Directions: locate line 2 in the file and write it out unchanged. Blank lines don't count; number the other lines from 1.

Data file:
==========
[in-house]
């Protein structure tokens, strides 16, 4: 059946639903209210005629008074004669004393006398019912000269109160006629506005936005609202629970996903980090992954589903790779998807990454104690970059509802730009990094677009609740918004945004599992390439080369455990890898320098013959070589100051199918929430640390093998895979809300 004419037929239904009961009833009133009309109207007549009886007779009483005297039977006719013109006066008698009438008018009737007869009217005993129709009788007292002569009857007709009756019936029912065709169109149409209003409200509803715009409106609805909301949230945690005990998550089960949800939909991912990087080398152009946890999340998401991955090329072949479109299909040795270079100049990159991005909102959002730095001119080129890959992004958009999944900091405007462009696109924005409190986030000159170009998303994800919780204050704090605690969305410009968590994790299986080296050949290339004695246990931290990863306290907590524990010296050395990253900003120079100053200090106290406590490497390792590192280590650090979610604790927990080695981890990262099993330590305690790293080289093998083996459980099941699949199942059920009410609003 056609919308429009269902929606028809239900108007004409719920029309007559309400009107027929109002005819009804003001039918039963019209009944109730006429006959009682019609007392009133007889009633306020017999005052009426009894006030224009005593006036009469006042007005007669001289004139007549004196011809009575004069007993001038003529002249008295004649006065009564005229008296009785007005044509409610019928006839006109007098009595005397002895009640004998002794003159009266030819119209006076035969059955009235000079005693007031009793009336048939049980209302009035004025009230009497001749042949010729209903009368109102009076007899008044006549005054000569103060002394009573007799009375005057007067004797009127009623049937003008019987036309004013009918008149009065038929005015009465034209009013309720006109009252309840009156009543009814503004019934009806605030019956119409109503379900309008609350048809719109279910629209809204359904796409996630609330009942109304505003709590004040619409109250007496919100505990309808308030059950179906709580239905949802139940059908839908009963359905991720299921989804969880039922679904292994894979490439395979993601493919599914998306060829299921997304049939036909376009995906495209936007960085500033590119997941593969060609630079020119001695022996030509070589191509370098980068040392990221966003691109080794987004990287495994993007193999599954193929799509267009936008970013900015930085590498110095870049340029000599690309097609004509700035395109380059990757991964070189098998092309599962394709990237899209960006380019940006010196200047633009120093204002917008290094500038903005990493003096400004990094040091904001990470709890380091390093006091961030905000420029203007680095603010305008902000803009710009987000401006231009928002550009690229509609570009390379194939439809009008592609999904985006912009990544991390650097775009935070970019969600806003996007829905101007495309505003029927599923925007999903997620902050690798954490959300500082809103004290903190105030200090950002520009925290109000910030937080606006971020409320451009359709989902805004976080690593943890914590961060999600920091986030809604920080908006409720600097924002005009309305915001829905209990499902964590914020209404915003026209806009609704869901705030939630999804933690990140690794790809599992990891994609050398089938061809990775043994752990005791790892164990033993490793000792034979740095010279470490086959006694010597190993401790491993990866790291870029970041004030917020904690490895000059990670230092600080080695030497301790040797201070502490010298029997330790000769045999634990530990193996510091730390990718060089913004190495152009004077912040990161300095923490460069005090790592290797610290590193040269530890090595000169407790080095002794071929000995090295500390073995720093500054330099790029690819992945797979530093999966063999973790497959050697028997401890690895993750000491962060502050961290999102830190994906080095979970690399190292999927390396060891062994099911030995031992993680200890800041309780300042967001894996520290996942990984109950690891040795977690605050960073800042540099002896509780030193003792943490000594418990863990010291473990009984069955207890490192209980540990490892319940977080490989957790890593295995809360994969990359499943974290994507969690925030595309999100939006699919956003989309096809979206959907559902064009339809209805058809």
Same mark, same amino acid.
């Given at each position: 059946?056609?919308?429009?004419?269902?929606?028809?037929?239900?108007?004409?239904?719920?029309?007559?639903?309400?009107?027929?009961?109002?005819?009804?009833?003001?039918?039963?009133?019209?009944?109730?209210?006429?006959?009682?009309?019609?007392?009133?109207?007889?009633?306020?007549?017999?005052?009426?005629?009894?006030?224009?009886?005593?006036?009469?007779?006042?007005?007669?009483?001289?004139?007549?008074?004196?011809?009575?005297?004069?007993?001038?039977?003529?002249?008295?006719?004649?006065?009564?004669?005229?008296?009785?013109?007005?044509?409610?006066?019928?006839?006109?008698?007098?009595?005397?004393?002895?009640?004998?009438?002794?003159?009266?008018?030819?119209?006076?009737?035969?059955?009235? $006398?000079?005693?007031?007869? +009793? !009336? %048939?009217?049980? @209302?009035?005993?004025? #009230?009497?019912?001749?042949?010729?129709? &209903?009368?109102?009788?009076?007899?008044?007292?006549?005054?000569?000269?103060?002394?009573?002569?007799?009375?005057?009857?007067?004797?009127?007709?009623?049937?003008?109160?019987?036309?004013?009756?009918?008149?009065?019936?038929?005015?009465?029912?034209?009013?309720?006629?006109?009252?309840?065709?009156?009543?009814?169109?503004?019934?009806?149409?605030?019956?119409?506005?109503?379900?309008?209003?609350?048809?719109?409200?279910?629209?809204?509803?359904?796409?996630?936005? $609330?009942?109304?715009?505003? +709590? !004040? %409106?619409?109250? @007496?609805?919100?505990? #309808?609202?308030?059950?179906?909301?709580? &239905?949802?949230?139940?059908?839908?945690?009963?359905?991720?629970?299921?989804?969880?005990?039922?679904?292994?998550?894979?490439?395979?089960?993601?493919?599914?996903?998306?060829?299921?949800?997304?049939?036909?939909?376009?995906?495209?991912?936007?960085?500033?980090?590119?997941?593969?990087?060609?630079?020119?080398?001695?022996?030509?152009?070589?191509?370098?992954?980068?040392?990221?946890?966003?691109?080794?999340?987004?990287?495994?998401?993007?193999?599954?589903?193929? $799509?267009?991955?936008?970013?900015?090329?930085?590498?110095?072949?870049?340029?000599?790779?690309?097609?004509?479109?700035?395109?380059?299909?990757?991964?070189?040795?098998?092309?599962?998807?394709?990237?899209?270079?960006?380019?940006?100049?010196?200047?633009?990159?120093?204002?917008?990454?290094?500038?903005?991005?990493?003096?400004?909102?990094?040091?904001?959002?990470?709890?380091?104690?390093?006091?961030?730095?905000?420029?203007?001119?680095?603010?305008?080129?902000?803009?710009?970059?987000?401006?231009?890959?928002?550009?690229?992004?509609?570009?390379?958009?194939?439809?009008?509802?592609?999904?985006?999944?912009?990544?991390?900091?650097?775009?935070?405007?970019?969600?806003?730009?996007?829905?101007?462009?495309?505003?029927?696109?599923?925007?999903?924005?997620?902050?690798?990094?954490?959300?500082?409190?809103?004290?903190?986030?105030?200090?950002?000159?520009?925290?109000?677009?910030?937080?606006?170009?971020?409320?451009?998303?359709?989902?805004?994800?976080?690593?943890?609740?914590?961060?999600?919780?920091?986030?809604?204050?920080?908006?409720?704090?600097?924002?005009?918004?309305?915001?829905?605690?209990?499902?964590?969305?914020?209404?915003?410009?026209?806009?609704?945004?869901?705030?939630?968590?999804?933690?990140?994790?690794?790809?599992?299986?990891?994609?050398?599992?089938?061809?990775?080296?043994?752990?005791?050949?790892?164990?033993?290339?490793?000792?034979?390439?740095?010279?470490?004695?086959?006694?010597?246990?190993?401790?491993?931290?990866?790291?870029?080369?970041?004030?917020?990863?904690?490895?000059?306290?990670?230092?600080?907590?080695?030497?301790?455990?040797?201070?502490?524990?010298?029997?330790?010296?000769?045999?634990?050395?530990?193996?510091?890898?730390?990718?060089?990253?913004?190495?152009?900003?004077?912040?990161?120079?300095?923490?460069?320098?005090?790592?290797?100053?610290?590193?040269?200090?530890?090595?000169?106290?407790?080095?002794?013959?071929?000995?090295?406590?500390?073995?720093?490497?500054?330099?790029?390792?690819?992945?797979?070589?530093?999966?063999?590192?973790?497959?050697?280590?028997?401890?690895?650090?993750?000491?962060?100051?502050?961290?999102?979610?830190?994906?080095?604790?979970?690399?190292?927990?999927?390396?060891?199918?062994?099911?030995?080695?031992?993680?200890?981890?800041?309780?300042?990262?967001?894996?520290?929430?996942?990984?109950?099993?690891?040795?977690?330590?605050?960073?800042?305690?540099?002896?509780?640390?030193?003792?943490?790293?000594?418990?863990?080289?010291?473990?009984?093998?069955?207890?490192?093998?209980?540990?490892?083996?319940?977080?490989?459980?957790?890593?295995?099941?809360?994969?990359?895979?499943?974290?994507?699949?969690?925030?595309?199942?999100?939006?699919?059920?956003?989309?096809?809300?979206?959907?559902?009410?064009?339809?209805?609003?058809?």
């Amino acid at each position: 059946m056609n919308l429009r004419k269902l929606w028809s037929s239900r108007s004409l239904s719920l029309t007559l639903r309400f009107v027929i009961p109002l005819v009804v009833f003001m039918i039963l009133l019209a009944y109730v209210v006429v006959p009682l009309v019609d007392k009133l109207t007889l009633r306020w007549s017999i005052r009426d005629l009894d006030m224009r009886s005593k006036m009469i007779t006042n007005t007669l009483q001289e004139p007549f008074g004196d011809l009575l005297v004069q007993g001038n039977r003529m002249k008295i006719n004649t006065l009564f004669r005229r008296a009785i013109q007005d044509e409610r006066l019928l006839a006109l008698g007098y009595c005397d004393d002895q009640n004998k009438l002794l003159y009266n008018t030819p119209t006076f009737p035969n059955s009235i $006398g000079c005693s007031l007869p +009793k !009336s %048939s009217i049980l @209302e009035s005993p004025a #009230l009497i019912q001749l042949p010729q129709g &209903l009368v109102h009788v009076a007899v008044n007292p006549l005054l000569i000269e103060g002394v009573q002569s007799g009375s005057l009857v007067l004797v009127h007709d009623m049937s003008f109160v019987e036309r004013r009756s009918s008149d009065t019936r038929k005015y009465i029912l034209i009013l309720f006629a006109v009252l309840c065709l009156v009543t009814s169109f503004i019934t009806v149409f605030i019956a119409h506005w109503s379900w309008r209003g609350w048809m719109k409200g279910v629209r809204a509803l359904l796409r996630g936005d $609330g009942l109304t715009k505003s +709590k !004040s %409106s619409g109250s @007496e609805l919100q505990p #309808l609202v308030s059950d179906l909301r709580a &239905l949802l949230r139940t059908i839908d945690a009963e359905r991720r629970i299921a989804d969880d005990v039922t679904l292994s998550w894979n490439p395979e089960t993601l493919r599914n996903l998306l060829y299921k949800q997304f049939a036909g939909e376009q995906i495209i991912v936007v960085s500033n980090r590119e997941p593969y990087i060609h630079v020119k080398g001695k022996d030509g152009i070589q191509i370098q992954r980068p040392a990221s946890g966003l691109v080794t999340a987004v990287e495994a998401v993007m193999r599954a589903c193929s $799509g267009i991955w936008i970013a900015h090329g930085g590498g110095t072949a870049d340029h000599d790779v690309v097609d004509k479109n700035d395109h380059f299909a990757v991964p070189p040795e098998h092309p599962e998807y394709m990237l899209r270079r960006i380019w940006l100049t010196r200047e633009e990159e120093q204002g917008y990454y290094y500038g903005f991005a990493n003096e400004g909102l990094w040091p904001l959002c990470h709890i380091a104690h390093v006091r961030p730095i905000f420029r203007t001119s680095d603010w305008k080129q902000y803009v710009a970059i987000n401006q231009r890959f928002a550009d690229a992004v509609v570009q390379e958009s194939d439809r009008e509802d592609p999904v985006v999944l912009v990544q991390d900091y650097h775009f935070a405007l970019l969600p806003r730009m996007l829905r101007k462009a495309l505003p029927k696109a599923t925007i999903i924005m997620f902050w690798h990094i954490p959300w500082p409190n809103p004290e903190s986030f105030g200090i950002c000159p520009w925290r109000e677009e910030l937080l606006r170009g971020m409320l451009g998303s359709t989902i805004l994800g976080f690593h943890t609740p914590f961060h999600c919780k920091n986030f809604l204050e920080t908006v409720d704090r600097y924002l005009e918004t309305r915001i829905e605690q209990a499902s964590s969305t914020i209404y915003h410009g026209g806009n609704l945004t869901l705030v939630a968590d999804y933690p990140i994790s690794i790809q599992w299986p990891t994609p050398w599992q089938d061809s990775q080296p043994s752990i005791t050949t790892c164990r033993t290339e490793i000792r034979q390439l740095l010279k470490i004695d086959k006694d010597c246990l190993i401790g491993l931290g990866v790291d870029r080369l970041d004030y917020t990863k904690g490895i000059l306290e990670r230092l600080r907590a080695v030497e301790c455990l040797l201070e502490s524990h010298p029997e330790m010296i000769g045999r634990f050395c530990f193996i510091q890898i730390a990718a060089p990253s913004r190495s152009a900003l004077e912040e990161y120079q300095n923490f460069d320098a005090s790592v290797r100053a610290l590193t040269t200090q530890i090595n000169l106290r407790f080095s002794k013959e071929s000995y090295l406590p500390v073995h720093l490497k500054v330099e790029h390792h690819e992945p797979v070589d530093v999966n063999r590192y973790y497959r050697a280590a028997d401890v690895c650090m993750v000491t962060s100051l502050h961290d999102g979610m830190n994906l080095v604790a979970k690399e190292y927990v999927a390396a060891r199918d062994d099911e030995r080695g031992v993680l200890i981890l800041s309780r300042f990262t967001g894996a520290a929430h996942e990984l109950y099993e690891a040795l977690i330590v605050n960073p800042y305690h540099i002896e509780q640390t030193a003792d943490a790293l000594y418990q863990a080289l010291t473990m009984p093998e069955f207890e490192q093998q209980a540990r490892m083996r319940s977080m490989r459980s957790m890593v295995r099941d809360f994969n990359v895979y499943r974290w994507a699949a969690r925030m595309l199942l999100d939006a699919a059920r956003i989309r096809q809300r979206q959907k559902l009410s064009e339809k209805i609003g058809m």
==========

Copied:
């Protein structure tokens, strides 16, 4: 059946639903209210005629008074004669004393006398019912000269109160006629506005936005609202629970996903980090992954589903790779998807990454104690970059509802730009990094677009609740918004945004599992390439080369455990890898320098013959070589100051199918929430640390093998895979809300 004419037929239904009961009833009133009309109207007549009886007779009483005297039977006719013109006066008698009438008018009737007869009217005993129709009788007292002569009857007709009756019936029912065709169109149409209003409200509803715009409106609805909301949230945690005990998550089960949800939909991912990087080398152009946890999340998401991955090329072949479109299909040795270079100049990159991005909102959002730095001119080129890959992004958009999944900091405007462009696109924005409190986030000159170009998303994800919780204050704090605690969305410009968590994790299986080296050949290339004695246990931290990863306290907590524990010296050395990253900003120079100053200090106290406590490497390792590192280590650090979610604790927990080695981890990262099993330590305690790293080289093998083996459980099941699949199942059920009410609003 056609919308429009269902929606028809239900108007004409719920029309007559309400009107027929109002005819009804003001039918039963019209009944109730006429006959009682019609007392009133007889009633306020017999005052009426009894006030224009005593006036009469006042007005007669001289004139007549004196011809009575004069007993001038003529002249008295004649006065009564005229008296009785007005044509409610019928006839006109007098009595005397002895009640004998002794003159009266030819119209006076035969059955009235000079005693007031009793009336048939049980209302009035004025009230009497001749042949010729209903009368109102009076007899008044006549005054000569103060002394009573007799009375005057007067004797009127009623049937003008019987036309004013009918008149009065038929005015009465034209009013309720006109009252309840009156009543009814503004019934009806605030019956119409109503379900309008609350048809719109279910629209809204359904796409996630609330009942109304505003709590004040619409109250007496919100505990309808308030059950179906709580239905949802139940059908839908009963359905991720299921989804969880039922679904292994894979490439395979993601493919599914998306060829299921997304049939036909376009995906495209936007960085500033590119997941593969060609630079020119001695022996030509070589191509370098980068040392990221966003691109080794987004990287495994993007193999599954193929799509267009936008970013900015930085590498110095870049340029000599690309097609004509700035395109380059990757991964070189098998092309599962394709990237899209960006380019940006010196200047633009120093204002917008290094500038903005990493003096400004990094040091904001990470709890380091390093006091961030905000420029203007680095603010305008902000803009710009987000401006231009928002550009690229509609570009390379194939439809009008592609999904985006912009990544991390650097775009935070970019969600806003996007829905101007495309505003029927599923925007999903997620902050690798954490959300500082809103004290903190105030200090950002520009925290109000910030937080606006971020409320451009359709989902805004976080690593943890914590961060999600920091986030809604920080908006409720600097924002005009309305915001829905209990499902964590914020209404915003026209806009609704869901705030939630999804933690990140690794790809599992990891994609050398089938061809990775043994752990005791790892164990033993490793000792034979740095010279470490086959006694010597190993401790491993990866790291870029970041004030917020904690490895000059990670230092600080080695030497301790040797201070502490010298029997330790000769045999634990530990193996510091730390990718060089913004190495152009004077912040990161300095923490460069005090790592290797610290590193040269530890090595000169407790080095002794071929000995090295500390073995720093500054330099790029690819992945797979530093999966063999973790497959050697028997401890690895993750000491962060502050961290999102830190994906080095979970690399190292999927390396060891062994099911030995031992993680200890800041309780300042967001894996520290996942990984109950690891040795977690605050960073800042540099002896509780030193003792943490000594418990863990010291473990009984069955207890490192209980540990490892319940977080490989957790890593295995809360994969990359499943974290994507969690925030595309999100939006699919956003989309096809979206959907559902064009339809209805058809």